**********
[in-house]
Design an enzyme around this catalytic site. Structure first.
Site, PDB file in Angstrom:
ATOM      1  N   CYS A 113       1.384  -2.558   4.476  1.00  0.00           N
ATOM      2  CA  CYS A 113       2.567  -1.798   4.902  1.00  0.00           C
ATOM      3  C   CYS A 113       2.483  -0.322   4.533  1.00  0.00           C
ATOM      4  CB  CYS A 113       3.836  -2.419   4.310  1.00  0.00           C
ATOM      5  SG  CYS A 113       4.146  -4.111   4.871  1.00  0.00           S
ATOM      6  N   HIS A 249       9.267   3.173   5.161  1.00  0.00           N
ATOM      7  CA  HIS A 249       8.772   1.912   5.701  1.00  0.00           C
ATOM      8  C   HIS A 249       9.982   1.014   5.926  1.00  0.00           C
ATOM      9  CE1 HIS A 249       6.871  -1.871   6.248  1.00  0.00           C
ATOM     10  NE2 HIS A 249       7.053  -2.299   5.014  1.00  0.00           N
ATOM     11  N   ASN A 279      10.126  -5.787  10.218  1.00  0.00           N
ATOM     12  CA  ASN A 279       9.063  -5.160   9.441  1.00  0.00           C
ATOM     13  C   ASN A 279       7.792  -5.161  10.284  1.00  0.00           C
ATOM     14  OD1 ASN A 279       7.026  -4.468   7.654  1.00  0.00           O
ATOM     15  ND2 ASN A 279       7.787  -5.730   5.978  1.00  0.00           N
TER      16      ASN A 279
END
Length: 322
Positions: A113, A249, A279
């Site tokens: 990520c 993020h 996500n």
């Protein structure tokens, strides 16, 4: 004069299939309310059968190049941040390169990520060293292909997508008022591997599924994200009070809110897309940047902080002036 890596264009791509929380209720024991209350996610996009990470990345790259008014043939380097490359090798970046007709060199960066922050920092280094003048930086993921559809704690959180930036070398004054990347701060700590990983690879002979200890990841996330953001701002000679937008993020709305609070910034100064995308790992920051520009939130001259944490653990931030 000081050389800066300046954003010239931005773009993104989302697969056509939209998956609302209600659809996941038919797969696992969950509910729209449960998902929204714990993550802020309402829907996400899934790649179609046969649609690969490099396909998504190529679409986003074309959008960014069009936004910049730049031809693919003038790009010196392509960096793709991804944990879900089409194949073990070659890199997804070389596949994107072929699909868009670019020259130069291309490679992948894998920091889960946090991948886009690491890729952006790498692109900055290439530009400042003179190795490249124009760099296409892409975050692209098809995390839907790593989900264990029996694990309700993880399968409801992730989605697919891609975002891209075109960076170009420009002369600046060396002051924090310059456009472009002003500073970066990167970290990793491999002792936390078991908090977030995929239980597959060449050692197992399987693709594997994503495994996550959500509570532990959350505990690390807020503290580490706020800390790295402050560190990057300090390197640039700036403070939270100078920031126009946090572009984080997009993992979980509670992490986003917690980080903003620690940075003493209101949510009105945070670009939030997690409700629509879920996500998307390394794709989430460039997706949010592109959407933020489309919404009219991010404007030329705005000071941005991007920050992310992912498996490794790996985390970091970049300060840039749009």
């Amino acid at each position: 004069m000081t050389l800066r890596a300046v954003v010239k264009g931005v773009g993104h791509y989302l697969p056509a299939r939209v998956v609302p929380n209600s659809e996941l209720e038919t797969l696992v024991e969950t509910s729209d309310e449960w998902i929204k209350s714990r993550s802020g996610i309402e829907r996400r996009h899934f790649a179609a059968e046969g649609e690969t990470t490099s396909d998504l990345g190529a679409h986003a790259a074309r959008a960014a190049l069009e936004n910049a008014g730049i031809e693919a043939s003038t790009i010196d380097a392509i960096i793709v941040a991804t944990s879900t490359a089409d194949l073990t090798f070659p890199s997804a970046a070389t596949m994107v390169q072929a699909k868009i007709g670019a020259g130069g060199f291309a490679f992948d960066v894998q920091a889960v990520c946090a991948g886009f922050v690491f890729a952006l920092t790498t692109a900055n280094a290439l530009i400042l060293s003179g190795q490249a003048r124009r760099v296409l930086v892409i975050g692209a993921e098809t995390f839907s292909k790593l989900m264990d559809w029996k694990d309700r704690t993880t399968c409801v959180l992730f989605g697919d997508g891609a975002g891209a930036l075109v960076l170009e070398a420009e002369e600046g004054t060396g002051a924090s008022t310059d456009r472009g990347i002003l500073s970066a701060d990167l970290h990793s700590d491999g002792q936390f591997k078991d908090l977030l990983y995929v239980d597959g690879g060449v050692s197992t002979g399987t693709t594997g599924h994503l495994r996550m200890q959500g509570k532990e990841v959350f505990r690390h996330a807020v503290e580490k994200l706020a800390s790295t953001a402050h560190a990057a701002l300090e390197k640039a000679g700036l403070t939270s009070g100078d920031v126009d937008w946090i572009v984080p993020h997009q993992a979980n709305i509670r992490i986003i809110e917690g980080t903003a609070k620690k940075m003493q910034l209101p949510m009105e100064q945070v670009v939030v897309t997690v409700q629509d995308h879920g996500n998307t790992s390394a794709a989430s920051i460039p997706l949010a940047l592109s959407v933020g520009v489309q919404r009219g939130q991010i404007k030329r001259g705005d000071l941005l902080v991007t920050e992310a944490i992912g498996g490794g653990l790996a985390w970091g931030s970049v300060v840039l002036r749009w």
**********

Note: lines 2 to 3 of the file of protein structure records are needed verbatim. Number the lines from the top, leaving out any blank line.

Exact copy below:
Design an enzyme around this catalytic site. Structure first.
Site, PDB file in Angstrom: